When it comes to photographic accessories, there is no greater aid to composition than the fine and precise control of a geared head. This field of tech stagnated a lot during the 2000-2015 period when options were limited to one or two manufacturers’ outdated options. Over the last few years, however, there has been a renaissance of geared heads, with a lot more tripod manufacturers and engineers working on improved designs. This has brought lighter, more compact geared heads to the market that are a dream to use. Pricing ranges from Leofoto’s G2,G3 G4 at R5-R10k up to something like the Arca Swiss Cube which will cost close to R50k with VAT and shipping. Fifty thousand rands for a tripod head? That is not a typo, in case you were wondering!
Geared heads are not cheap, but if you’re someone who composes their images slowly, carefully and with great thought, then a geared head is one of the best purchases you can make.
Size - The G3 is the middle-child of Leofoto's offerings and is about 35% smaller than the G4. It measures about 95x95mm, More simply put, it is about the size of a large ball head. This head can be paired with any of Leofoto's 28mm tripods or larger.
Quality - The G3 looks and feels incredibly solid. There is no excess material and every component has been machined away to trim down excess weight. All external components are machined from aluminium and the internal mechanisms are made of brass and stainless steel. The head mounts to tripods via a brass 3/8” screw hole. There is no compromise in the materials used.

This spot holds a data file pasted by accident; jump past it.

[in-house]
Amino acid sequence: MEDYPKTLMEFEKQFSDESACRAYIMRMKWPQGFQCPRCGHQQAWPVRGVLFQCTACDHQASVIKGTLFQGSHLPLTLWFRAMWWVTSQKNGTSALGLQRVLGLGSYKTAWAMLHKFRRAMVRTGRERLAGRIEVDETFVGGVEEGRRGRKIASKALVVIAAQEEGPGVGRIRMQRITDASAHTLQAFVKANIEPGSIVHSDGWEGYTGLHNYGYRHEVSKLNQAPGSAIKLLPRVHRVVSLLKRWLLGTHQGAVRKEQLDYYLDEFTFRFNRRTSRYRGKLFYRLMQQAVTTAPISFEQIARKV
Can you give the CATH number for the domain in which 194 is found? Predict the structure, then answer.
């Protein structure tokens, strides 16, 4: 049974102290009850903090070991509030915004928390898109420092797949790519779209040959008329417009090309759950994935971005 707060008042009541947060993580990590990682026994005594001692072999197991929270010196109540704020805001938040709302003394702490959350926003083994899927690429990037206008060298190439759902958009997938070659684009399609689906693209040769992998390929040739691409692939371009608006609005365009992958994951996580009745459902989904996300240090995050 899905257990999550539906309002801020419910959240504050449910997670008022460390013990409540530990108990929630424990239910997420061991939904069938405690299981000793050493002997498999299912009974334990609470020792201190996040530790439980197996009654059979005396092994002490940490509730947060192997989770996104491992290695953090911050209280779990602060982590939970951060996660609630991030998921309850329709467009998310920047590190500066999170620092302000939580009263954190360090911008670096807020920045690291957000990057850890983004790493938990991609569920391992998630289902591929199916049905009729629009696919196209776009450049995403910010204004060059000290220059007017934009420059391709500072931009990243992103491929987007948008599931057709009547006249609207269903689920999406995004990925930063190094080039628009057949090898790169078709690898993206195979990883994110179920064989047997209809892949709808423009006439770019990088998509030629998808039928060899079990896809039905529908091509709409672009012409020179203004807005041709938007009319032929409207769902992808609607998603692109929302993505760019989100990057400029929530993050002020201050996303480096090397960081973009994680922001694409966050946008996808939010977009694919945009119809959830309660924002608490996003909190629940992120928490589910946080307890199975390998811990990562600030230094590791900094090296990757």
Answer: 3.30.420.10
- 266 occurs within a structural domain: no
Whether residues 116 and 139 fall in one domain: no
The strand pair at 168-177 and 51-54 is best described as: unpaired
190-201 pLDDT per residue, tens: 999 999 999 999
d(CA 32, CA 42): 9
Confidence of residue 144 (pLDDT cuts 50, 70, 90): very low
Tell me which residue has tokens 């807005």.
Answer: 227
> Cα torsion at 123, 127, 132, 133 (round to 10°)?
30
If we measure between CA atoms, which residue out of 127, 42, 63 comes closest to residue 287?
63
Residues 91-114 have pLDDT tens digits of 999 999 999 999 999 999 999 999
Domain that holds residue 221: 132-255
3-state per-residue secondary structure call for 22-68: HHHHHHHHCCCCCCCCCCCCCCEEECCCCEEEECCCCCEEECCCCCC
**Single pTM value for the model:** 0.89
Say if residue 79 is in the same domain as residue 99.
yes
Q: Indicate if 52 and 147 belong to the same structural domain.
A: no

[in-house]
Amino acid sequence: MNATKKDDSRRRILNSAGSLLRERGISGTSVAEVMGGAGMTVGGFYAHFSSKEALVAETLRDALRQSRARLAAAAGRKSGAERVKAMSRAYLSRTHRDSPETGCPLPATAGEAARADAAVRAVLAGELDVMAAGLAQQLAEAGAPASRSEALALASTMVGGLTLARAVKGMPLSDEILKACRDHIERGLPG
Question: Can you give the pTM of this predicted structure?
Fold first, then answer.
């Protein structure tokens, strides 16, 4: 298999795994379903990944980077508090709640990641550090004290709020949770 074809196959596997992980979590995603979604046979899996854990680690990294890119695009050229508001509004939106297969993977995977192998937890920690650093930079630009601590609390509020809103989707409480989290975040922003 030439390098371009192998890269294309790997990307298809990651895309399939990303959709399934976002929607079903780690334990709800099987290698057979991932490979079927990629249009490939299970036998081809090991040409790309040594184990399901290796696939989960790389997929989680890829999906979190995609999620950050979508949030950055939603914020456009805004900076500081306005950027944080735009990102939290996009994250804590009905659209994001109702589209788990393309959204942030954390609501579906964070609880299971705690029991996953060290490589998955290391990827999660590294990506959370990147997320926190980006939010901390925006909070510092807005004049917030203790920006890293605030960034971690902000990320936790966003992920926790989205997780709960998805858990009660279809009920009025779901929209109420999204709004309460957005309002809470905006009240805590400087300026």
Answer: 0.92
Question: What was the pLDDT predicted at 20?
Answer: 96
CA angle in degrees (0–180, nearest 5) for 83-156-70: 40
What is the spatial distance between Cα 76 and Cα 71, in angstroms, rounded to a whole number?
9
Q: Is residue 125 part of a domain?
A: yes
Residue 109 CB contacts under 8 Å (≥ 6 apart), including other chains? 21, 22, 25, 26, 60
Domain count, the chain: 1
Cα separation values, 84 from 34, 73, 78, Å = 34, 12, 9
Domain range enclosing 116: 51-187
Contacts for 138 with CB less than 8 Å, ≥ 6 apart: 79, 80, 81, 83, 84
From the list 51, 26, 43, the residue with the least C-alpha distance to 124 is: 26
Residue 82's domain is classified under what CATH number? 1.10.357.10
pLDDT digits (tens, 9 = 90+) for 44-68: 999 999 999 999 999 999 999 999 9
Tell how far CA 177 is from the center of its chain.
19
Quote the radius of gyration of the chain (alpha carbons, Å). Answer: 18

Controls - For those who don’t like to use a tripod, the seven controls on the G4 will be overwhelming, but operation is extremely simple once you’ve had a few minutes to play with the head.
- The two large round knobs control the geared X- and Y- axes of the head. The gearing is high and buttery smooth, which ensures ultra-fine control of the composition.
- The two large tap-style levers are the clutches, which disengage the gear mechanisms of the X- and Y-axis. This is for when you’re in a rush and you need to make gross adjustments. These aren’t really used much and many geared heads don’t even have a clutch for the geared axes.
- The bottom lever controls the primary panning function of the head.
- The small lever on the clamp controls the secondary panning function.
- The screw on the clamp is obviously a standard clamp screw for securing your camera.
The manufacturer’s load rating of 8kg is a bit ridiculous. The load rating depends greatly on the range of movement you need; If you keep the camera fairly balanced (atop the head), with about a 20-degree vertical movement range, then it can handle the likes of 5-8kg. If, however, you go past a 20-degree angle, in order to get a very slanted shot or to shoot up or down at an extreme angle, then it will probably struggle with a load of more than 4kg. Keep in mind that we always try to be honest about the performance of our products. Firstly, you will likely almost never need to shoot at those angles. Most landscape and architecture work is done with the horizon in the frame, meaning that you’re panning at most 10-20 degrees up or down. Secondly, 4kg is extremely heavy; unless you’re mounting an 800mm on a pro body, you simply won’t come close to that kind of weight.
We put a Fuji GFX100 with the massive GF250mm and 1.4x TC on this head (mounted via lens foot) – this is a truly monstrous combo in size and weight. People are normally shocked at the weight if they pick it up, yet it barely gets the scale past the 3kg mark. The head handles it very comfortably in a tilt range of about 30 degrees, but once the camera really starts hanging on the head, it requires a fair amount of input to move it back up against gravity. Have you ever weighed your favourite body + lens combos? A Canon R5 with the heavy 24mm TS II, batteries and L-bracket weigh under 2kg. So while our conservative estimate of 4kg might not sound like a lot compared to the manufacturer’s 20kg, it is more than 99% of people need.
Shooting in Portrait
As we’ve said a million times on this website and will say a million times more, get an L-bracket. Tripod heads aren’t designed to shoot in two orientations.
- QR Plate: BPL-50
- panning base diameter: 50mm
- hight: 96mm
- Mounting hole: 3/8"
- Max load: 8kg
- weight: 450g